Best Buddies campaigns to promote respect, stop usage of R-word

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Audrey Zhang

Best Buddies kicked off their Spread the Word to End the Word campaign Sunday.

Best Buddies is an international nonprofit organization that works to improve the lives of people with intellectual and developmental disabilities through volunteer work. The Spread the Word campaign is a movement backed by the Special Olympics to ask people to stop saying the word “retarded.” Students involved in Best Buddies are paired with an individual that has an intellectual or developmental disability, and spend time with them doing various activities. 

Special education freshman Gracie Salinas, a member of Best Buddies, said many people don’t realize how hurtful the R-word can be.

“When someone says the R-word as a synonym for dumb, stupid, slow, I take it personally,” Salinas said. “It makes me feel as though they are using these adjectives to describe some of my best friends who have special needs. The R-word dehumanizes individuals with special needs.”

The word “retarded” is no longer used in a medical context, and has been replaced by referring to someone as having an “intellectual or developmental disability.”

The Spread the Word campaign, chaired by accounting and computer science senior Frank Long, kicked off Sunday with a film screening and discussion about promoting inclusion.

Boyce Gunderlach, a Buddy in the program who works with UT students, said the campaign is a way of speaking out.

“We want to get out there and explain how we feel,” Gunderlach said. “We don’t want to be called ‘retarded’ like in high school. The R-word is bad, and it has to go now.”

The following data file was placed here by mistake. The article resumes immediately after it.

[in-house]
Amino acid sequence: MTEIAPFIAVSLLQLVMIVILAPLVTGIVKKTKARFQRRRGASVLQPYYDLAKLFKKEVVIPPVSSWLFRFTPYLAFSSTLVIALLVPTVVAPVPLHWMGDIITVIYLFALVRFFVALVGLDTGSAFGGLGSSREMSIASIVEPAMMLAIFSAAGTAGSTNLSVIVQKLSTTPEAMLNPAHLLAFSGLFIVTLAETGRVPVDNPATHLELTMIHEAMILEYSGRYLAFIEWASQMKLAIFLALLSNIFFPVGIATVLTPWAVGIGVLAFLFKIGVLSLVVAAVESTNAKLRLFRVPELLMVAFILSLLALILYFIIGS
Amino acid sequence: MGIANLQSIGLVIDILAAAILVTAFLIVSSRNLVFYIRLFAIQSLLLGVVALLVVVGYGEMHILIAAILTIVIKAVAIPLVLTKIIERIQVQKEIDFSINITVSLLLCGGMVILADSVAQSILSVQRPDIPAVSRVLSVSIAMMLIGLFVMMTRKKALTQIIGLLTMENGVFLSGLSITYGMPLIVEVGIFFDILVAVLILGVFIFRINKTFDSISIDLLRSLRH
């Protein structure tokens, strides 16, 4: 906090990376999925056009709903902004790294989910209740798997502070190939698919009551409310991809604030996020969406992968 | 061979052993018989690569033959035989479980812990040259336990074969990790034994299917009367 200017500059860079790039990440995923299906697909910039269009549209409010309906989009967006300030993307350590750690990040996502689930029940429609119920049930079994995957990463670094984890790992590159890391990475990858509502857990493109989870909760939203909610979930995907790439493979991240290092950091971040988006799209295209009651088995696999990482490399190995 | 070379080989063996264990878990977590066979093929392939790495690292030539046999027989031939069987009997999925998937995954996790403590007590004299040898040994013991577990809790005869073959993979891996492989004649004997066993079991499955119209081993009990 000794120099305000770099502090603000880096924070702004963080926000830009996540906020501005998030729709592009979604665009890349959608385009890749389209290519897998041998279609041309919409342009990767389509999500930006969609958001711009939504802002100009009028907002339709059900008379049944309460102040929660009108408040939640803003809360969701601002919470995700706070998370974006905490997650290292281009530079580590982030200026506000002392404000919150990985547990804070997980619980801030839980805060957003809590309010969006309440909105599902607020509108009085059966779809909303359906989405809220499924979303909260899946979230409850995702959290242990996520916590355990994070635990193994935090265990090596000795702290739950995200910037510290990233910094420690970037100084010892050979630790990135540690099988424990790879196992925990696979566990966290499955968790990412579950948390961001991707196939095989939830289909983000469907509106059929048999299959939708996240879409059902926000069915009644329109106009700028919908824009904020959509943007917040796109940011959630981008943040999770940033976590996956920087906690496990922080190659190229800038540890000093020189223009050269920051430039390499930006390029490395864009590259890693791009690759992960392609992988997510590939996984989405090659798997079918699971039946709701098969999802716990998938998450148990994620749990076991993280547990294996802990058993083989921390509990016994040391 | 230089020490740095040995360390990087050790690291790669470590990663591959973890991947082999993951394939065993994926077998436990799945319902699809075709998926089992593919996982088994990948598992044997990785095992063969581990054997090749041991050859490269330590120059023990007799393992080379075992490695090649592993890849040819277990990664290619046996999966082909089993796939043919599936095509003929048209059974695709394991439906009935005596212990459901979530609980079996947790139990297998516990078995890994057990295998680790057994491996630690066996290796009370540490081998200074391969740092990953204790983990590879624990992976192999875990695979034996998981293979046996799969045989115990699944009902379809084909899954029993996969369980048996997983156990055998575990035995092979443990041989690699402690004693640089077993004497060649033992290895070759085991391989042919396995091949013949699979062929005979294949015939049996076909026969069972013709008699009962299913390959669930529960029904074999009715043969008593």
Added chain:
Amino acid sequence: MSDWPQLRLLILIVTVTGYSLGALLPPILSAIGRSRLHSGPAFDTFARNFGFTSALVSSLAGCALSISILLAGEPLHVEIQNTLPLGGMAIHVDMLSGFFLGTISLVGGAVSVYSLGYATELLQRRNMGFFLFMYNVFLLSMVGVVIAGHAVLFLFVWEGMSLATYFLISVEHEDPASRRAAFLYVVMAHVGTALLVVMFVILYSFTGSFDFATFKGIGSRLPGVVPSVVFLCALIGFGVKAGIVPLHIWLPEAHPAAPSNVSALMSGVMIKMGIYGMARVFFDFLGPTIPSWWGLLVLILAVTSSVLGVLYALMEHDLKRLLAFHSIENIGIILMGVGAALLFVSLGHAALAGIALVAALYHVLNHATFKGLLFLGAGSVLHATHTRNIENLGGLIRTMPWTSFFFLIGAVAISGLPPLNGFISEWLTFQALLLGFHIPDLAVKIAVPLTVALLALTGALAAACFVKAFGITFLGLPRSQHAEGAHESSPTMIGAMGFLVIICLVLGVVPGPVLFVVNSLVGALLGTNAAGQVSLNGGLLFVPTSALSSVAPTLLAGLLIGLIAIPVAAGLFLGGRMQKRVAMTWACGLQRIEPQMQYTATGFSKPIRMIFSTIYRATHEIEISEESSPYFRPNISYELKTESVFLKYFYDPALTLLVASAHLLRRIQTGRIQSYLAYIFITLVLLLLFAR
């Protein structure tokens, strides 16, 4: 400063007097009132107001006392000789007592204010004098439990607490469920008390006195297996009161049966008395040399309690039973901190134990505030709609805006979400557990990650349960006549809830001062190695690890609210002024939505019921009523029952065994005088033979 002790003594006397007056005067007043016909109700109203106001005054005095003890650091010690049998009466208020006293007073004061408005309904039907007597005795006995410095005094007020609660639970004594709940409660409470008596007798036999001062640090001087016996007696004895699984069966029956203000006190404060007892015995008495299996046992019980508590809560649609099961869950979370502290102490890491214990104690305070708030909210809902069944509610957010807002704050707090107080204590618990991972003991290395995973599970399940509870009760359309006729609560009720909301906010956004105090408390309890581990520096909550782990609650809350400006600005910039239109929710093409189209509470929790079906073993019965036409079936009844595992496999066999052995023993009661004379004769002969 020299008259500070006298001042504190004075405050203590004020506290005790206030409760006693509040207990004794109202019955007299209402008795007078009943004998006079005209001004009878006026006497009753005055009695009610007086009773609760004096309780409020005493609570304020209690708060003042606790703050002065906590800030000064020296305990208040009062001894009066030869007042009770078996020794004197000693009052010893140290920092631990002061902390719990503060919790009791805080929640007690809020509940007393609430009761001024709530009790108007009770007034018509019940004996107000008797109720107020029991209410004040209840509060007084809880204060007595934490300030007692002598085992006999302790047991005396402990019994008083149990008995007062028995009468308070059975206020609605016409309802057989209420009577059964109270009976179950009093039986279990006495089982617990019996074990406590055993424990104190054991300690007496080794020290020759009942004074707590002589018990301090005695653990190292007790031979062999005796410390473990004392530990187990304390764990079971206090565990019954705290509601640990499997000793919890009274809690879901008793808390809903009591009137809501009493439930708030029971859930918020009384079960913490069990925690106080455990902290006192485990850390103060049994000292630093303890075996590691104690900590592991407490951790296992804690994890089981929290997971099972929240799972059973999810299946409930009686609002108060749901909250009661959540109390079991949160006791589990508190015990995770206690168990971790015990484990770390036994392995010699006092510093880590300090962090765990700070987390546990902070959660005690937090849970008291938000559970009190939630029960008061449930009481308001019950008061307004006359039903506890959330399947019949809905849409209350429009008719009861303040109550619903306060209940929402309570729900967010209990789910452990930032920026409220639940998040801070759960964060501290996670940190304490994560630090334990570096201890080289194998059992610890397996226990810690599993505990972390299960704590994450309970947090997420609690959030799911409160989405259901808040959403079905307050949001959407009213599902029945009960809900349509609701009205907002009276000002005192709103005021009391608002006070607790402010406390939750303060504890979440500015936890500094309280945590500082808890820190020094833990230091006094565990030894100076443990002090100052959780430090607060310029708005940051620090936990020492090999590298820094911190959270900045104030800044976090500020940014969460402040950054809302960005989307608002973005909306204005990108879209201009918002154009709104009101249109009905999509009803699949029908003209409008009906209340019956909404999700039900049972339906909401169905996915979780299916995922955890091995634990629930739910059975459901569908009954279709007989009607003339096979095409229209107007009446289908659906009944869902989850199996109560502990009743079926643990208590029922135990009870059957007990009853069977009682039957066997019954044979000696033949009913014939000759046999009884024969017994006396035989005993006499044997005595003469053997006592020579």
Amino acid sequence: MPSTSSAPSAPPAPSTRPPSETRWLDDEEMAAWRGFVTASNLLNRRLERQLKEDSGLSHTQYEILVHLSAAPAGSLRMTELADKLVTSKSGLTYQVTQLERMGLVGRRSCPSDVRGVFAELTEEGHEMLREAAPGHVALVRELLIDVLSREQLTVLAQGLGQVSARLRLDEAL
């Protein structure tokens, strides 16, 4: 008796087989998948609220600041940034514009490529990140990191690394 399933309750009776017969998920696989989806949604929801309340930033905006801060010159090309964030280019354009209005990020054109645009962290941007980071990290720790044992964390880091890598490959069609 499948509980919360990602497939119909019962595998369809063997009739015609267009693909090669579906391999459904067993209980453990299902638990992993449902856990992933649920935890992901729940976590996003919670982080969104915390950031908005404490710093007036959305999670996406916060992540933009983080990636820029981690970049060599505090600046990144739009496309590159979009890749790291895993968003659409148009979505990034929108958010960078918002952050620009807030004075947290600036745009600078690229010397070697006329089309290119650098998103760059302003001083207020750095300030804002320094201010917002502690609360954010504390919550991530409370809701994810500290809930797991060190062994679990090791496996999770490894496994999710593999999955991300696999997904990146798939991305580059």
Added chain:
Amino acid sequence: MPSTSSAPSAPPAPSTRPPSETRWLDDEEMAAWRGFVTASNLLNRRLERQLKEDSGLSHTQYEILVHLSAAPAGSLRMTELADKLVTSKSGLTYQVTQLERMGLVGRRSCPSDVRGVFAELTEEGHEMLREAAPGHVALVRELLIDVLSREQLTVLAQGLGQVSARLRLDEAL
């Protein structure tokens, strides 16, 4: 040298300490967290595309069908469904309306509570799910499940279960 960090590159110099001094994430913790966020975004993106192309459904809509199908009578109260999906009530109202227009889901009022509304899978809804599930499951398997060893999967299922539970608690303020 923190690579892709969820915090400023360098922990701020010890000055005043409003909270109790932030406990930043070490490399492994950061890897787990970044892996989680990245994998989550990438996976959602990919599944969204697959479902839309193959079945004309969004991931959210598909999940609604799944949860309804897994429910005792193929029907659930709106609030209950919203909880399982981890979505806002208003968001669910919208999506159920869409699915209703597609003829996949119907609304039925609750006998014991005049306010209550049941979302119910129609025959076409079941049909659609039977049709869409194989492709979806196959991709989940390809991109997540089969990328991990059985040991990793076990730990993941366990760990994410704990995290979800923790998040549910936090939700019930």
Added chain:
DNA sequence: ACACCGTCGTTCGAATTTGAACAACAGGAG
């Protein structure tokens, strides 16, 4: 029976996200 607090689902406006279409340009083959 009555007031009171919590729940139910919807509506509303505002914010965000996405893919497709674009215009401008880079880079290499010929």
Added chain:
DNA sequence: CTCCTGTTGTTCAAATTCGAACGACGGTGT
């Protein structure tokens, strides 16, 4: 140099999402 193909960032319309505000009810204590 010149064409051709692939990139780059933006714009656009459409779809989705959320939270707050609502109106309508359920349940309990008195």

Bethany Rolan, supply chain management and economics junior and the coordinator of the film festival, said part of the goal was to start a safe discussion about including different perspectives.

“The film festival has always been one of my favorite events,” Rolan said. “The idea is to feature short films about intellectual and physical disabilities. We’re also bringing in people from the community to start an inclusive dialogue with the audience.”

The campaign will continue through the week with tabling on the West Mall, giving out pizza, taking the pledge to stop saying the word, and the opportunity to pie Best Buddies officers in the face. It is supported by more than 40 other student organizations on campus.

Salinas said she hopes the campaign will promote a more inclusive attitude toward people with disabilities.

“Spread the Word promotes first-person language in which the person’s name and personality come before their disability,” Salinas said. “Through Best Buddies and Spread the Word, I hope to achieve a better UT campus with greater understanding for individuals with special needs.”